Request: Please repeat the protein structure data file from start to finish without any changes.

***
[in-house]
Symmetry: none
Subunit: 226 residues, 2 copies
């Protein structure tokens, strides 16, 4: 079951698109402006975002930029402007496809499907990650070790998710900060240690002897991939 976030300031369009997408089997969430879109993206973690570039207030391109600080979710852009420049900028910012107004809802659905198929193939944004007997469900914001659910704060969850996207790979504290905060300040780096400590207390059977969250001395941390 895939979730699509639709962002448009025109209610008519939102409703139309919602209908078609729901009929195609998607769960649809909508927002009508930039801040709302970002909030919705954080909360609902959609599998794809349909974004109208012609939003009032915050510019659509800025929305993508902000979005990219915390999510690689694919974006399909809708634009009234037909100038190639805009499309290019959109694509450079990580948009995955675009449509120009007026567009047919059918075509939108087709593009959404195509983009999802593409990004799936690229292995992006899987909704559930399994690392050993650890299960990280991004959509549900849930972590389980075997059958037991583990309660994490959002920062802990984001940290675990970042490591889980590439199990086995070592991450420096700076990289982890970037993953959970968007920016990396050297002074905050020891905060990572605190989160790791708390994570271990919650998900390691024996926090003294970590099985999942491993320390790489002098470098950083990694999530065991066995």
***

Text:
[in-house]
Symmetry: none
Subunit: 226 residues, 2 copies
């Protein structure tokens, strides 16, 4: 079951698109402006975002930029402007496809499907990650070790998710900060240690002897991939 976030300031369009997408089997969430879109993206973690570039207030391109600080979710852009420049900028910012107004809802659905198929193939944004007997469900914001659910704060969850996207790979504290905060300040780096400590207390059977969250001395941390 895939979730699509639709962002448009025109209610008519939102409703139309919602209908078609729901009929195609998607769960649809909508927002009508930039801040709302970002909030919705954080909360609902959609599998794809349909974004109208012609939003009032915050510019659509800025929305993508902000979005990219915390999510690689694919974006399909809708634009009234037909100038190639805009499309290019959109694509450079990580948009995955675009449509120009007026567009047919059918075509939108087709593009959404195509983009999802593409990004799936690229292995992006899987909704559930399994690392050993650890299960990280991004959509549900849930972590389980075997059958037991583990309660994490959002920062802990984001940290675990970042490591889980590439199990086995070592991450420096700076990289982890970037993953959970968007920016990396050297002074905050020891905060990572605190989160790791708390994570271990919650998900390691024996926090003294970590099985999942491993320390790489002098470098950083990694999530065991066995």